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Dawlish Sea Wall

The Damage to Dawlish Sea Wall

In February 2014 a violent storm caused widespread damage across the south of England including the Dawlish sea wall. Dawlish, on the South Devon coast, was one of the most affected areas. The Dawlish sea wall was overwhelmed and the railway line, which forms an important link in the main railway line across the south coast through to Cornwall, was virtually destroyed.

Repairs & Restoration

Temporary repairs restored the link, but with a one-metre rise in sea levels forecast to take place within the next hundred years and it was clear that the final repairs and restoration would have to be on a major scale.  World-leading marine, coastal and railway engineering experts were involved in the design of the new concrete wall.

Sadly, many of the historic features of the old town would have to go if the railway line and indeed the town itself, were to be protected from the storms.  In addition, the new sea wall would need to be two and a half metres higher than the existing wall. An innovative design incorporating a recurve, which would turn the waves back into the sea, would be needed.

Network Rail, was responsible for the work, part of the South West Rail Resilience Programme, and BAM Nuttall, one of their main contractors, called upon Shay Murtagh Precast Concrete to design and manufacture the concrete wall panel for the face of the new wall. 

These panels have a unique pattern, with a 3d shadow effect, and the design was inspired by the granite blocks that formed the construction of the old coastguard hut, which has had to be demolished as part of the project.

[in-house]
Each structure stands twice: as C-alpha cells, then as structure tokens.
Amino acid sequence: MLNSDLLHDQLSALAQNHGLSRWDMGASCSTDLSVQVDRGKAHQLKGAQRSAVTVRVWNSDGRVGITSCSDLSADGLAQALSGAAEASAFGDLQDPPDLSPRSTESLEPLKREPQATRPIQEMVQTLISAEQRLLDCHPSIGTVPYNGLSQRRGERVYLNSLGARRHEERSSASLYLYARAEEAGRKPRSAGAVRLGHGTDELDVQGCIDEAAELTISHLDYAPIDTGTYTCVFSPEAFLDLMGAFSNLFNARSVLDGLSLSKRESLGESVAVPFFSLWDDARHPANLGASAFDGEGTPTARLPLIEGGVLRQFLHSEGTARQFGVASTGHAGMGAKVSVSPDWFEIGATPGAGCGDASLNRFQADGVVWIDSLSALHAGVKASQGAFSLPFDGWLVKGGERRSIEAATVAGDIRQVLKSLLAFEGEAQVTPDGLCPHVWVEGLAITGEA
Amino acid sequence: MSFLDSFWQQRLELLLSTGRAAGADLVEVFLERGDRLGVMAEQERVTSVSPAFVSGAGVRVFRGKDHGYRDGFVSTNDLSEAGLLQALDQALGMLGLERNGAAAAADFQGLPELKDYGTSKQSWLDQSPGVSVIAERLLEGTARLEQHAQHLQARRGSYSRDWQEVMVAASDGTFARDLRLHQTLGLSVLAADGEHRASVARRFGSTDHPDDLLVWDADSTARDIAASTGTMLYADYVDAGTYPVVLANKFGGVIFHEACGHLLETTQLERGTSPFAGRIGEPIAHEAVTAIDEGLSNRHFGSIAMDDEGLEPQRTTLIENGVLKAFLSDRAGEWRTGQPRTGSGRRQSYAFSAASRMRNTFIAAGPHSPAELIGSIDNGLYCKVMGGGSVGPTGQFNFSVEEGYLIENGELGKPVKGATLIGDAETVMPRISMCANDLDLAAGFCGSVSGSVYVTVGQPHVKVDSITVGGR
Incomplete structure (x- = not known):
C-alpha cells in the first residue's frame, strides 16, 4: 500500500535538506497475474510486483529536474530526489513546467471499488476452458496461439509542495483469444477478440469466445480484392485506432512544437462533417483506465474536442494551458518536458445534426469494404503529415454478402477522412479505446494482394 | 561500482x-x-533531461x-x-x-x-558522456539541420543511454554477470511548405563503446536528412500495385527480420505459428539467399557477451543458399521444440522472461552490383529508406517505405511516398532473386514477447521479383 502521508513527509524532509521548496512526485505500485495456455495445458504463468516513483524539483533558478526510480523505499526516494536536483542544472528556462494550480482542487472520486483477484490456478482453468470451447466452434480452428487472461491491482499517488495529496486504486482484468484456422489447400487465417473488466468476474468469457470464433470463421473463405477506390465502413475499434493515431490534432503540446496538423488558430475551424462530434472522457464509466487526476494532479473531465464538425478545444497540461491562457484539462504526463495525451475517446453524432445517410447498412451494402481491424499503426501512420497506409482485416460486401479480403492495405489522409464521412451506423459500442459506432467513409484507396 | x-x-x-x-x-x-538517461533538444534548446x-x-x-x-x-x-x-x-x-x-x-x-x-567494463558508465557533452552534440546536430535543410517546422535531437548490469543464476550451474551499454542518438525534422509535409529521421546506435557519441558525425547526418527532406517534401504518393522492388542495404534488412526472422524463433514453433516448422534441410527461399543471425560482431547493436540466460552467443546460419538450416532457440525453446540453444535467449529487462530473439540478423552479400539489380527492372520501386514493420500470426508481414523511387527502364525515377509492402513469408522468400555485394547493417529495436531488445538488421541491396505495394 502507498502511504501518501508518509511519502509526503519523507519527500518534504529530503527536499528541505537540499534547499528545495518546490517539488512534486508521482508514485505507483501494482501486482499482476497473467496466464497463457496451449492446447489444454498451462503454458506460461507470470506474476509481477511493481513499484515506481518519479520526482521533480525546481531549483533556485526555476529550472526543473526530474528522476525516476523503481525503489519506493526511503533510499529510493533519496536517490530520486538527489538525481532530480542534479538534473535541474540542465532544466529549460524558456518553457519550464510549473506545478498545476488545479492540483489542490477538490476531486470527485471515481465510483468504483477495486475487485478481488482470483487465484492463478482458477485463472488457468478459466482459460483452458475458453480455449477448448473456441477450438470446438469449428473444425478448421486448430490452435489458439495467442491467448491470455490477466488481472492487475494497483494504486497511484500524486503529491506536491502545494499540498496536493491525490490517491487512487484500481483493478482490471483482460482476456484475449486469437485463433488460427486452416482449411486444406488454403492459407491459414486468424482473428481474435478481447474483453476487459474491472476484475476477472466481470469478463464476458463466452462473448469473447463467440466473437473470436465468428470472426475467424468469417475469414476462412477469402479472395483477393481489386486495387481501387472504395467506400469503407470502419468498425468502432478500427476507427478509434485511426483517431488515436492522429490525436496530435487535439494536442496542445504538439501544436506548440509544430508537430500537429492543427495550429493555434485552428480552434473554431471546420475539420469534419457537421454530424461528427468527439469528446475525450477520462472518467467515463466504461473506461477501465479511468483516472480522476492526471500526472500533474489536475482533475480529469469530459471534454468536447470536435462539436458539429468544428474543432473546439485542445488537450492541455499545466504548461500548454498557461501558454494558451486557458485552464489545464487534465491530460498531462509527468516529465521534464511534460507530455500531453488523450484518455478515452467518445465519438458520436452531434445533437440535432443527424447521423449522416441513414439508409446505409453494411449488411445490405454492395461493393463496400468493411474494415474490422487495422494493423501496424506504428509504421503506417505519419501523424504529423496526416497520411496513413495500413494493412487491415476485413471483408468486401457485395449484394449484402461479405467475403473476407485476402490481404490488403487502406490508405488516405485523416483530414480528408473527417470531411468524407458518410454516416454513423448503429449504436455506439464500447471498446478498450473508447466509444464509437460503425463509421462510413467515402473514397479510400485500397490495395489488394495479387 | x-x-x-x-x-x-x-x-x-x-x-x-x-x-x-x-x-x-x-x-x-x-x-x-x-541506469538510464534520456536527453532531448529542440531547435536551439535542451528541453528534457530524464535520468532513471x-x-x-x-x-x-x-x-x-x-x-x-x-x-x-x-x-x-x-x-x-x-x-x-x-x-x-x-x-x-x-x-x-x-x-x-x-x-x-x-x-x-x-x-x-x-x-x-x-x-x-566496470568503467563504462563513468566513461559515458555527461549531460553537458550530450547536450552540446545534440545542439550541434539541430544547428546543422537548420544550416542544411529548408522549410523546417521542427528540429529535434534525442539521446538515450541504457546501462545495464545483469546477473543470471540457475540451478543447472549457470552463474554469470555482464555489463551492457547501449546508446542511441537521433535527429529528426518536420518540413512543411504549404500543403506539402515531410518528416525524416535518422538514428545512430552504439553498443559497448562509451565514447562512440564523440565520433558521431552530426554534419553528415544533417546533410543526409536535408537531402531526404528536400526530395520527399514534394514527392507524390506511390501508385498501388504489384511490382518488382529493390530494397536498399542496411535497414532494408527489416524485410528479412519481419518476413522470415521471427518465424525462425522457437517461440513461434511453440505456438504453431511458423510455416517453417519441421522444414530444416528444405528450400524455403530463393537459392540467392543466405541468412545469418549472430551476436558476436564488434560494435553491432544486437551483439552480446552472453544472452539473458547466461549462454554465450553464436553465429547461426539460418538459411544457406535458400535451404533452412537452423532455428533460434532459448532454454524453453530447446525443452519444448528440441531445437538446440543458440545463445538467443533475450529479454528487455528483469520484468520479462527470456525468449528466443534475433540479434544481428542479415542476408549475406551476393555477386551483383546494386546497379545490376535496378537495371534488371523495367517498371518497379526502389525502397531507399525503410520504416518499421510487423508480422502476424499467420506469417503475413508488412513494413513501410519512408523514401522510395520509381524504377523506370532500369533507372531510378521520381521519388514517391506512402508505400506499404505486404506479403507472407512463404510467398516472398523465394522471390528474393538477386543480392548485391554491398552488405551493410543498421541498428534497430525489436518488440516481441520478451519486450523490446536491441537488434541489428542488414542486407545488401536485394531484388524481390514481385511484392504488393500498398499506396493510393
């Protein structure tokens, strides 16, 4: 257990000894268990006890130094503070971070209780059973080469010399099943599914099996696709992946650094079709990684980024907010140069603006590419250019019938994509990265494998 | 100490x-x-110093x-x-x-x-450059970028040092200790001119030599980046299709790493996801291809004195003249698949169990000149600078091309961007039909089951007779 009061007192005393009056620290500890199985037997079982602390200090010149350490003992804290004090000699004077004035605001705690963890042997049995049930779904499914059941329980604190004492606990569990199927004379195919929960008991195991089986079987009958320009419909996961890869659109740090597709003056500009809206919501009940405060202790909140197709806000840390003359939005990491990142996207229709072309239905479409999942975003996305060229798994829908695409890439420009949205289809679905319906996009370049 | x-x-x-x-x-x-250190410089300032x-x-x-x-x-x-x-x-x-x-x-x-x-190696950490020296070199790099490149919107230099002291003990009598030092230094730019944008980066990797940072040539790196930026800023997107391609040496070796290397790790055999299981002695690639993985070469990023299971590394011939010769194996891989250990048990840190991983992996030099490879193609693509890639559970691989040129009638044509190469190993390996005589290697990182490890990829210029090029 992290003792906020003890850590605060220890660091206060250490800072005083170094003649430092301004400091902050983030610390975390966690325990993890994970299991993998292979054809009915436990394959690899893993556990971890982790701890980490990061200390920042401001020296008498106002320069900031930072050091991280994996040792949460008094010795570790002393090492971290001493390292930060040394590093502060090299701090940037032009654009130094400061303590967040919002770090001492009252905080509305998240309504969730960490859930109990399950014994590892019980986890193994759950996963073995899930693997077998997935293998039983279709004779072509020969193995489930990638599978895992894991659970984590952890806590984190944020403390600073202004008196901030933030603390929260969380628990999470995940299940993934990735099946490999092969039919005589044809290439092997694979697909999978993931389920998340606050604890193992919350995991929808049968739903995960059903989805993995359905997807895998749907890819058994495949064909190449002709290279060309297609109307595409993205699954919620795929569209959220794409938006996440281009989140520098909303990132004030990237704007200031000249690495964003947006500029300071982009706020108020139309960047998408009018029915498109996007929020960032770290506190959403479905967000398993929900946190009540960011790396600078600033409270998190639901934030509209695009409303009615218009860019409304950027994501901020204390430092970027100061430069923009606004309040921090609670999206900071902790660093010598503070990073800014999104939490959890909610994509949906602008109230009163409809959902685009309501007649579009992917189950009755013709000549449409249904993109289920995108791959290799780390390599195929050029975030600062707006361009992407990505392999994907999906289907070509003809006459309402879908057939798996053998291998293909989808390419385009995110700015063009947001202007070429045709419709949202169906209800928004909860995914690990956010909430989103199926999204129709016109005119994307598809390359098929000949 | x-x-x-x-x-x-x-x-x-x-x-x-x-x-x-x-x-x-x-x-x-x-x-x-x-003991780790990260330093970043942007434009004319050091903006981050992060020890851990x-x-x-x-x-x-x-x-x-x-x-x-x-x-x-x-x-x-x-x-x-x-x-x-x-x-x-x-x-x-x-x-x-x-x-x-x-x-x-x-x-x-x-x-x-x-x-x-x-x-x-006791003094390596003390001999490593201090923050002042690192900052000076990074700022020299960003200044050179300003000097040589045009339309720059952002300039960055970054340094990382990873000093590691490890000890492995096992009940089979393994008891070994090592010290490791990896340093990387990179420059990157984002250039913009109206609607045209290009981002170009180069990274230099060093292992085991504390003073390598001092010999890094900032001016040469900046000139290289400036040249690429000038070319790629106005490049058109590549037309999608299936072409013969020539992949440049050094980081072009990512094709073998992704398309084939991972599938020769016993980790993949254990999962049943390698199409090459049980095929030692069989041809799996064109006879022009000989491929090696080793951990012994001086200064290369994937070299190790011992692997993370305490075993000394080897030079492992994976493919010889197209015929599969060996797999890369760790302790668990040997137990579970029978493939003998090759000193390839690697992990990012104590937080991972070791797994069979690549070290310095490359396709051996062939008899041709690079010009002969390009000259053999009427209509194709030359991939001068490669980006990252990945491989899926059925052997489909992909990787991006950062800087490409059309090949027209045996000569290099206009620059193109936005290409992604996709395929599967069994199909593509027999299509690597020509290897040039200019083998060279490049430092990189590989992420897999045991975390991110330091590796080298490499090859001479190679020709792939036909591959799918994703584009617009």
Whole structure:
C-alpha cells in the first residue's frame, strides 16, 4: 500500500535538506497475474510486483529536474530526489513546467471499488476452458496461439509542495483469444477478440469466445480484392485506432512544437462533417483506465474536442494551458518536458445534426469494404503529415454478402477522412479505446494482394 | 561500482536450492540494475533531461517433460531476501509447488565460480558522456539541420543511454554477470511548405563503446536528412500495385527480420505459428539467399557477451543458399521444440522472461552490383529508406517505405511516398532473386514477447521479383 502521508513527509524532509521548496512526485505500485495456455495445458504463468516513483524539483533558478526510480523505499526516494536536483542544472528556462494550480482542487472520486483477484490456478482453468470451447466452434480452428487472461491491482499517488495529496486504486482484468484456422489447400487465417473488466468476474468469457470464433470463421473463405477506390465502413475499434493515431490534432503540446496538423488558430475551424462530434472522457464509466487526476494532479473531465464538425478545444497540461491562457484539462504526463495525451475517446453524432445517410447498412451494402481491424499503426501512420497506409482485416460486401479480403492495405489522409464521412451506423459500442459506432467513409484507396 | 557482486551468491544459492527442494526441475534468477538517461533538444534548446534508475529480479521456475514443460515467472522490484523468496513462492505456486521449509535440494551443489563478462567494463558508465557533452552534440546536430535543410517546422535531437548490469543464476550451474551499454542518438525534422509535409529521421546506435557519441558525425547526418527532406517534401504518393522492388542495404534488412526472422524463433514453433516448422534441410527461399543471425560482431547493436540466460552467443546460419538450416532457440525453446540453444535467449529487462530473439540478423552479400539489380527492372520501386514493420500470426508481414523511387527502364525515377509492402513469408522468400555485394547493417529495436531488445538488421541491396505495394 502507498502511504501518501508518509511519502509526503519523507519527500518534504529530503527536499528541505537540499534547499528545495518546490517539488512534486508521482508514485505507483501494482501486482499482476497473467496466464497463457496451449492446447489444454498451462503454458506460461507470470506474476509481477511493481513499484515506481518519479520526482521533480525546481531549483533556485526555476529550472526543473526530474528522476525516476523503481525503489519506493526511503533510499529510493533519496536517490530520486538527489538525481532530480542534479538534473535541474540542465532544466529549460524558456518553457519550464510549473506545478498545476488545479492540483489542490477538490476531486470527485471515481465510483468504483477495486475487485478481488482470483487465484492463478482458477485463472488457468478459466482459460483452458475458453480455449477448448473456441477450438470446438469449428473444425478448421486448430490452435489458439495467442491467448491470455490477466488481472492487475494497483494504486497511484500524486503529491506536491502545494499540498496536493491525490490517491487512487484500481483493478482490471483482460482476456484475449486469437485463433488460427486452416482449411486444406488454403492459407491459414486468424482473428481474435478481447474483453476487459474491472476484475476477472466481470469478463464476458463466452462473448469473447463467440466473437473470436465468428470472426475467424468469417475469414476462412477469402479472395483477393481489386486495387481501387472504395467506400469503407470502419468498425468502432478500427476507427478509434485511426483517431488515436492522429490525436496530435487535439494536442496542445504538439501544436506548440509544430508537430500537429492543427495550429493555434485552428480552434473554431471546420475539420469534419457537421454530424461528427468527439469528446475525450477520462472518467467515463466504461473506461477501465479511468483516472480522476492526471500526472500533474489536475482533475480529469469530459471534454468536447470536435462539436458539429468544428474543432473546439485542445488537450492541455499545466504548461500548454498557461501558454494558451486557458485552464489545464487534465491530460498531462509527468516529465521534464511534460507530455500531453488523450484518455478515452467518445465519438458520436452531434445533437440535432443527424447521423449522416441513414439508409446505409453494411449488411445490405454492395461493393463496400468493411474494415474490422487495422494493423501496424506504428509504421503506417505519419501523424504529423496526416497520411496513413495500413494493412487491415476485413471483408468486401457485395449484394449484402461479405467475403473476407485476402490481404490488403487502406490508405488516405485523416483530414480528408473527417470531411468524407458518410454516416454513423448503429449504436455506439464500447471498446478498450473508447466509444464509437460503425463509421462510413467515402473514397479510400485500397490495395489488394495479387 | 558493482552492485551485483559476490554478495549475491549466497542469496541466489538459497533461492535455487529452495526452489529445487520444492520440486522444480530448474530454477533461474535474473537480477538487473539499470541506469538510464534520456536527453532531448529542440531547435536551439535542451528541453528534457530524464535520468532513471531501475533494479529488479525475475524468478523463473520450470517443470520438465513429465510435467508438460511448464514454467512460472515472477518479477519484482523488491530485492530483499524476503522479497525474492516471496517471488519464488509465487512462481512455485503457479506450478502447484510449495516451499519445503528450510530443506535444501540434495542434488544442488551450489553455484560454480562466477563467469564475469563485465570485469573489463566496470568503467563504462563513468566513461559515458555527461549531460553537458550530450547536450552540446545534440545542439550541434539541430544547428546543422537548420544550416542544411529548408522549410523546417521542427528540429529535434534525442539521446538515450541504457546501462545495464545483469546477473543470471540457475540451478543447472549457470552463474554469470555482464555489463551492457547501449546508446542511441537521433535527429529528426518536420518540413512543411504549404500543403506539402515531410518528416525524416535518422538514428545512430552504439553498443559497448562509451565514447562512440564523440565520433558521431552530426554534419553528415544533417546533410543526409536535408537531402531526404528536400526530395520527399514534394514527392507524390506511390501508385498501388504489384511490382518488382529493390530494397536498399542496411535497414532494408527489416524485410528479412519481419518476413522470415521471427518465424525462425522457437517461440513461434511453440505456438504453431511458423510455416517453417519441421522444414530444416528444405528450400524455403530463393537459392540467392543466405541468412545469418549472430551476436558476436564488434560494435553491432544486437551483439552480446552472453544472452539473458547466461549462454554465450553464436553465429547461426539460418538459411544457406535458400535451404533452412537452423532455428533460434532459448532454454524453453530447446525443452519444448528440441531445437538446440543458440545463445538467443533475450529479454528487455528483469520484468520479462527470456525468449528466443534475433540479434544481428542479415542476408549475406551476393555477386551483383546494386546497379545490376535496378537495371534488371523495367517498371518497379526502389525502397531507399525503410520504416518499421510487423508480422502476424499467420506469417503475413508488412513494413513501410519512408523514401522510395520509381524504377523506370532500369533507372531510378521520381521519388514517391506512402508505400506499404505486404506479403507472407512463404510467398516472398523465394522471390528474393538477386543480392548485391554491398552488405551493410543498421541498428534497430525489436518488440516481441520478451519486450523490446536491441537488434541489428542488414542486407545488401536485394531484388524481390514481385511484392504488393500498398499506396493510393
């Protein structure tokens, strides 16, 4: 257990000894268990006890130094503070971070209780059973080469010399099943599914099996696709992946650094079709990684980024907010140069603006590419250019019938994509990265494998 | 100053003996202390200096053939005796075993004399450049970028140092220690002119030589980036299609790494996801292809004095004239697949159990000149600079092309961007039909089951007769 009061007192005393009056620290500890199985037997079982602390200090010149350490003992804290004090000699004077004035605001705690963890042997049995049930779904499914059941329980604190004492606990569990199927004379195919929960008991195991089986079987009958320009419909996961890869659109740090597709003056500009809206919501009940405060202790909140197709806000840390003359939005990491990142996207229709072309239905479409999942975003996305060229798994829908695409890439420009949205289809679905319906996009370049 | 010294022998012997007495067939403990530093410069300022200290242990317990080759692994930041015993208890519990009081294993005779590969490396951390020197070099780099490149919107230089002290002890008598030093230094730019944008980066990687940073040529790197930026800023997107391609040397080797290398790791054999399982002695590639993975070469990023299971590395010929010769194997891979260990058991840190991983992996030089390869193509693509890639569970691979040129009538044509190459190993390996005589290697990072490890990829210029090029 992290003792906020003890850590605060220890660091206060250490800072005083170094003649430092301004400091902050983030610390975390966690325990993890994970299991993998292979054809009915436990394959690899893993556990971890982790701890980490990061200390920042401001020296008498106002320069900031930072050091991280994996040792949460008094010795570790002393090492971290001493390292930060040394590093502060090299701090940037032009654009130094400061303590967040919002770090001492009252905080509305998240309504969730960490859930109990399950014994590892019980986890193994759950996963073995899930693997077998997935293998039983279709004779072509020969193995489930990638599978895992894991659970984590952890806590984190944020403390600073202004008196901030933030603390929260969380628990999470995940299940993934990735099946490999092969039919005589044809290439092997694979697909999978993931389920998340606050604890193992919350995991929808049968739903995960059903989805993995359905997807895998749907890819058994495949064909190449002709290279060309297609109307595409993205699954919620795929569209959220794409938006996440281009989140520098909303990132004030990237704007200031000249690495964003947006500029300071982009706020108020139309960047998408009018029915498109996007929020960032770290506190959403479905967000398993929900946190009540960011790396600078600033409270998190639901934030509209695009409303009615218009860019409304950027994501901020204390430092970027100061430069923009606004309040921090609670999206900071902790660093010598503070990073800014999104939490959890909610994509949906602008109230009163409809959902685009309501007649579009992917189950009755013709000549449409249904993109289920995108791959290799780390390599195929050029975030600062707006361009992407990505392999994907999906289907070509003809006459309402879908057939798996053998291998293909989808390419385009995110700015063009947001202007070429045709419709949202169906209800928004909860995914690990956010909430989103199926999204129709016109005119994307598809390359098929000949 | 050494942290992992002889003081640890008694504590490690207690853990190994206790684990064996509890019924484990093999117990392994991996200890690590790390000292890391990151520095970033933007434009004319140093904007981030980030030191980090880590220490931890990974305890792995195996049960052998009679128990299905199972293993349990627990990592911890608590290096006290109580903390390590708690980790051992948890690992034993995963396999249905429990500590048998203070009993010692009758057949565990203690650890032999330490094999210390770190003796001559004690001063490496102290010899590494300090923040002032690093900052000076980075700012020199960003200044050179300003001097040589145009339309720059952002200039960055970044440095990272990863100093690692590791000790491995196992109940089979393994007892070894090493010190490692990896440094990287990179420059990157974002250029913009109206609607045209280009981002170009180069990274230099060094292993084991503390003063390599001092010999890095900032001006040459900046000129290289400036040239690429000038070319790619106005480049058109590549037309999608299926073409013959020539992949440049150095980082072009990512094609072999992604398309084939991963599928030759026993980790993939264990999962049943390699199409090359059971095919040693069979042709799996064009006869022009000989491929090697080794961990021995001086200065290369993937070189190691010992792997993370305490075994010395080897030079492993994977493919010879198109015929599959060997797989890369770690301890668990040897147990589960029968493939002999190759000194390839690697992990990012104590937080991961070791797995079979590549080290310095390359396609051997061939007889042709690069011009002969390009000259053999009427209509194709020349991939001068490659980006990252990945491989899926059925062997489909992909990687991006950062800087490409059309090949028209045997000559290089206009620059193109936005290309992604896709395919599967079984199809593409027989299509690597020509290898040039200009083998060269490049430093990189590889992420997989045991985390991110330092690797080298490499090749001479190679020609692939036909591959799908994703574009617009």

Shay Murtagh manufactured the moulds that create this pattern, and that will temper the unavoidably modern appearance of the new sea concrete wall with an attractive reflection of the historic structures it replaces.  This was work for experienced technicians, and Shay Murtagh’s craftsmen have done a superb job in recreating the appearance of natural stone in modern precast concrete.

The imagination and innovation necessary to this project extended to the use of an eight-legged, self-contained walking jack-up barge, the  ‘Wavewalker’, which is the only one of its kind in Europe; using the ‘Wavewalker’ enabled work to be carried out during more states of the tide than would otherwise have been possible.


The South West Rail Resilience Programme is a huge project and one that will protect the important rail links across the southern coast of England. Shay Murtagh is proud to be playing a part in this scheme, and to be working alongside BAM Nuttall in another successful collaboration.

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